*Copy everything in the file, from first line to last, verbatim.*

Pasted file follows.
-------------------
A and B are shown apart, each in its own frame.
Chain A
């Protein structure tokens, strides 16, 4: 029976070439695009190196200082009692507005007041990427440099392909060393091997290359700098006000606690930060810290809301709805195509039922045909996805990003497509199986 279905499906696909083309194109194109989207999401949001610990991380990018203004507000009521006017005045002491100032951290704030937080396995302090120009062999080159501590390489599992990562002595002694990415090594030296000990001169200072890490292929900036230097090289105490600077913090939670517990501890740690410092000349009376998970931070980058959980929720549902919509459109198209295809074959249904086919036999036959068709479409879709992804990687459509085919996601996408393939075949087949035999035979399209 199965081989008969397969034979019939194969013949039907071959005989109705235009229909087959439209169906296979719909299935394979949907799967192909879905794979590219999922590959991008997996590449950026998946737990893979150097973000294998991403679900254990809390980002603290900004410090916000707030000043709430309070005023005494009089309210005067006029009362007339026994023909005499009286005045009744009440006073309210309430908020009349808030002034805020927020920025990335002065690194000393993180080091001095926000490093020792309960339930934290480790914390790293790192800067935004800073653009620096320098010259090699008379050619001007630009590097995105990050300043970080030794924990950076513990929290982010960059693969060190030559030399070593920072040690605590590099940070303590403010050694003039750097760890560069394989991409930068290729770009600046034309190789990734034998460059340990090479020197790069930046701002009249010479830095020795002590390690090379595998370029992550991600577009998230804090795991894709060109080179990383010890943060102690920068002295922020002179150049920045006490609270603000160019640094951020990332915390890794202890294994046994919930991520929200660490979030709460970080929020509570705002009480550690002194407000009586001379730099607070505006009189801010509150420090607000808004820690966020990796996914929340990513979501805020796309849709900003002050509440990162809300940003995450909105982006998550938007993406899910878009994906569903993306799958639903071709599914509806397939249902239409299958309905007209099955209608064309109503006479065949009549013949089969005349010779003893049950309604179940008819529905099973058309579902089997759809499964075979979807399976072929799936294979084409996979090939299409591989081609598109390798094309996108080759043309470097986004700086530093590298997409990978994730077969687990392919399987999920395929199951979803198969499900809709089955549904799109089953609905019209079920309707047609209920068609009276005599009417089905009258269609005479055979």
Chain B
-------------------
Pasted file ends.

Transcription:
A and B are shown apart, each in its own frame.
Chain A
């Protein structure tokens, strides 16, 4: 029976070439695009190196200082009692507005007041990427440099392909060393091997290359700098006000606690930060810290809301709805195509039922045909996805990003497509199986 279905499906696909083309194109194109989207999401949001610990991380990018203004507000009521006017005045002491100032951290704030937080396995302090120009062999080159501590390489599992990562002595002694990415090594030296000990001169200072890490292929900036230097090289105490600077913090939670517990501890740690410092000349009376998970931070980058959980929720549902919509459109198209295809074959249904086919036999036959068709479409879709992804990687459509085919996601996408393939075949087949035999035979399209 199965081989008969397969034979019939194969013949039907071959005989109705235009229909087959439209169906296979719909299935394979949907799967192909879905794979590219999922590959991008997996590449950026998946737990893979150097973000294998991403679900254990809390980002603290900004410090916000707030000043709430309070005023005494009089309210005067006029009362007339026994023909005499009286005045009744009440006073309210309430908020009349808030002034805020927020920025990335002065690194000393993180080091001095926000490093020792309960339930934290480790914390790293790192800067935004800073653009620096320098010259090699008379050619001007630009590097995105990050300043970080030794924990950076513990929290982010960059693969060190030559030399070593920072040690605590590099940070303590403010050694003039750097760890560069394989991409930068290729770009600046034309190789990734034998460059340990090479020197790069930046701002009249010479830095020795002590390690090379595998370029992550991600577009998230804090795991894709060109080179990383010890943060102690920068002295922020002179150049920045006490609270603000160019640094951020990332915390890794202890294994046994919930991520929200660490979030709460970080929020509570705002009480550690002194407000009586001379730099607070505006009189801010509150420090607000808004820690966020990796996914929340990513979501805020796309849709900003002050509440990162809300940003995450909105982006998550938007993406899910878009994906569903993306799958639903071709599914509806397939249902239409299958309905007209099955209608064309109503006479065949009549013949089969005349010779003893049950309604179940008819529905099973058309579902089997759809499964075979979807399976072929799936294979084409996979090939299409591989081609598109390798094309996108080759043309470097986004700086530093590298997409990978994730077969687990392919399987999920395929199951979803198969499900809709089955549904799109089953609905019209079920309707047609209920068609009276005599009417089905009258269609005479055979």
Chain B